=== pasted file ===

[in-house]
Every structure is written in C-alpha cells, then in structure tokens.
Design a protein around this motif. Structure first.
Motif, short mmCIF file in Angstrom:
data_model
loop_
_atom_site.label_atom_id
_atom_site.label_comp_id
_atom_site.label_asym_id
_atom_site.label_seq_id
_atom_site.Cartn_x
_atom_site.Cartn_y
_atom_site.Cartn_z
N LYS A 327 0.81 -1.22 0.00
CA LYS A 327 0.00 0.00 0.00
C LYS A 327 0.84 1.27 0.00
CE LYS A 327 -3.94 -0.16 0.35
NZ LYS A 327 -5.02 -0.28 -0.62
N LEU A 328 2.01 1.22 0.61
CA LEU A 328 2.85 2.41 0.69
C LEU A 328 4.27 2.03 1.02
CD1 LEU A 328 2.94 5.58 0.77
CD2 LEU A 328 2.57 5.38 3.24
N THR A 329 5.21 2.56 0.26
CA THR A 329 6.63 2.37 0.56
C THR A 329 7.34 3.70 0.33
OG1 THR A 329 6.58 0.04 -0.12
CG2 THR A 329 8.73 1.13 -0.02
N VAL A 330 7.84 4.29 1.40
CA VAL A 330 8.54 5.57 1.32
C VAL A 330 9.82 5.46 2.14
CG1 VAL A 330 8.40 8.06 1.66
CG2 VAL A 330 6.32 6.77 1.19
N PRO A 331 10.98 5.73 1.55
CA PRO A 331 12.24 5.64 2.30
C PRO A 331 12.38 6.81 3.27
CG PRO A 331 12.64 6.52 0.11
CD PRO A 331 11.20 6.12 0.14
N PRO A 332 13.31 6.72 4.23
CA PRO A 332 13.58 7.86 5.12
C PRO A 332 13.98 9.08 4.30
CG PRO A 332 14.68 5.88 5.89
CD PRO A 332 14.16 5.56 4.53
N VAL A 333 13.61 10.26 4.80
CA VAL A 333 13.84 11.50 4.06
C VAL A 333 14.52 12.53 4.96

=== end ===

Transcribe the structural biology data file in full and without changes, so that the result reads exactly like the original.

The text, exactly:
[in-house]
Every structure is written in C-alpha cells, then in structure tokens.
Design a protein around this motif. Structure first.
Motif, short mmCIF file in Angstrom:
data_model
loop_
_atom_site.label_atom_id
_atom_site.label_comp_id
_atom_site.label_asym_id
_atom_site.label_seq_id
_atom_site.Cartn_x
_atom_site.Cartn_y
_atom_site.Cartn_z
N LYS A 327 0.81 -1.22 0.00
CA LYS A 327 0.00 0.00 0.00
C LYS A 327 0.84 1.27 0.00
CE LYS A 327 -3.94 -0.16 0.35
NZ LYS A 327 -5.02 -0.28 -0.62
N LEU A 328 2.01 1.22 0.61
CA LEU A 328 2.85 2.41 0.69
C LEU A 328 4.27 2.03 1.02
CD1 LEU A 328 2.94 5.58 0.77
CD2 LEU A 328 2.57 5.38 3.24
N THR A 329 5.21 2.56 0.26
CA THR A 329 6.63 2.37 0.56
C THR A 329 7.34 3.70 0.33
OG1 THR A 329 6.58 0.04 -0.12
CG2 THR A 329 8.73 1.13 -0.02
N VAL A 330 7.84 4.29 1.40
CA VAL A 330 8.54 5.57 1.32
C VAL A 330 9.82 5.46 2.14
CG1 VAL A 330 8.40 8.06 1.66
CG2 VAL A 330 6.32 6.77 1.19
N PRO A 331 10.98 5.73 1.55
CA PRO A 331 12.24 5.64 2.30
C PRO A 331 12.38 6.81 3.27
CG PRO A 331 12.64 6.52 0.11
CD PRO A 331 11.20 6.12 0.14
N PRO A 332 13.31 6.72 4.23
CA PRO A 332 13.58 7.86 5.12
C PRO A 332 13.98 9.08 4.30
CG PRO A 332 14.68 5.88 5.89
CD PRO A 332 14.16 5.56 4.53
N VAL A 333 13.61 10.26 4.80
CA VAL A 333 13.84 11.50 4.06
C VAL A 333 14.52 12.53 4.96